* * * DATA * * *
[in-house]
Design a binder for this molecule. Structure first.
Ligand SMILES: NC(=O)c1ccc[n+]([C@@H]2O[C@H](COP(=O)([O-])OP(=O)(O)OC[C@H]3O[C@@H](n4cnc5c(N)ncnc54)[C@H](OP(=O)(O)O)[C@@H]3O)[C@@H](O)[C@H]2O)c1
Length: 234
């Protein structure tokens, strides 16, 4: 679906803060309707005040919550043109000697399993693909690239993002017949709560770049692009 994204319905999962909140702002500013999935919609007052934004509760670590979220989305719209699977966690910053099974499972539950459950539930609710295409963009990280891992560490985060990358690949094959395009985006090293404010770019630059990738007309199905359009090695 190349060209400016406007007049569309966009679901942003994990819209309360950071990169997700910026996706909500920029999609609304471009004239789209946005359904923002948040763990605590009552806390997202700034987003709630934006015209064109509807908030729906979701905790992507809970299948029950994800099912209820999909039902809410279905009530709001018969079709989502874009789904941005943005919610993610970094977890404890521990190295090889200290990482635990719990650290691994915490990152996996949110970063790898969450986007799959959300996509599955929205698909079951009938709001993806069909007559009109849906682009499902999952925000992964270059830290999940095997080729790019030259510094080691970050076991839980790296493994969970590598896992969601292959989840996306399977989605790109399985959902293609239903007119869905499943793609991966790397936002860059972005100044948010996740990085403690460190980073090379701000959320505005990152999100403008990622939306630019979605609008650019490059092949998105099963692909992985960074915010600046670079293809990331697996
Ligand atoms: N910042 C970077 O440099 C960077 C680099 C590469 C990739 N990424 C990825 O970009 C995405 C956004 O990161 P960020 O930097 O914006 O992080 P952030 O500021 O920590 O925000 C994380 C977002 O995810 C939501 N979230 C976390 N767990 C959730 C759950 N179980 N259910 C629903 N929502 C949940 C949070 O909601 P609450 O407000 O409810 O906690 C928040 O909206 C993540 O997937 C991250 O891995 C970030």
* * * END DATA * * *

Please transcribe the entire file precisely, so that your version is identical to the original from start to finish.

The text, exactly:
[in-house]
Design a binder for this molecule. Structure first.
Ligand SMILES: NC(=O)c1ccc[n+]([C@@H]2O[C@H](COP(=O)([O-])OP(=O)(O)OC[C@H]3O[C@@H](n4cnc5c(N)ncnc54)[C@H](OP(=O)(O)O)[C@@H]3O)[C@@H](O)[C@H]2O)c1
Length: 234
């Protein structure tokens, strides 16, 4: 679906803060309707005040919550043109000697399993693909690239993002017949709560770049692009 994204319905999962909140702002500013999935919609007052934004509760670590979220989305719209699977966690910053099974499972539950459950539930609710295409963009990280891992560490985060990358690949094959395009985006090293404010770019630059990738007309199905359009090695 190349060209400016406007007049569309966009679901942003994990819209309360950071990169997700910026996706909500920029999609609304471009004239789209946005359904923002948040763990605590009552806390997202700034987003709630934006015209064109509807908030729906979701905790992507809970299948029950994800099912209820999909039902809410279905009530709001018969079709989502874009789904941005943005919610993610970094977890404890521990190295090889200290990482635990719990650290691994915490990152996996949110970063790898969450986007799959959300996509599955929205698909079951009938709001993806069909007559009109849906682009499902999952925000992964270059830290999940095997080729790019030259510094080691970050076991839980790296493994969970590598896992969601292959989840996306399977989605790109399985959902293609239903007119869905499943793609991966790397936002860059972005100044948010996740990085403690460190980073090379701000959320505005990152999100403008990622939306630019979605609008650019490059092949998105099963692909992985960074915010600046670079293809990331697996
Ligand atoms: N910042 C970077 O440099 C960077 C680099 C590469 C990739 N990424 C990825 O970009 C995405 C956004 O990161 P960020 O930097 O914006 O992080 P952030 O500021 O920590 O925000 C994380 C977002 O995810 C939501 N979230 C976390 N767990 C959730 C759950 N179980 N259910 C629903 N929502 C949940 C949070 O909601 P609450 O407000 O409810 O906690 C928040 O909206 C993540 O997937 C991250 O891995 C970030």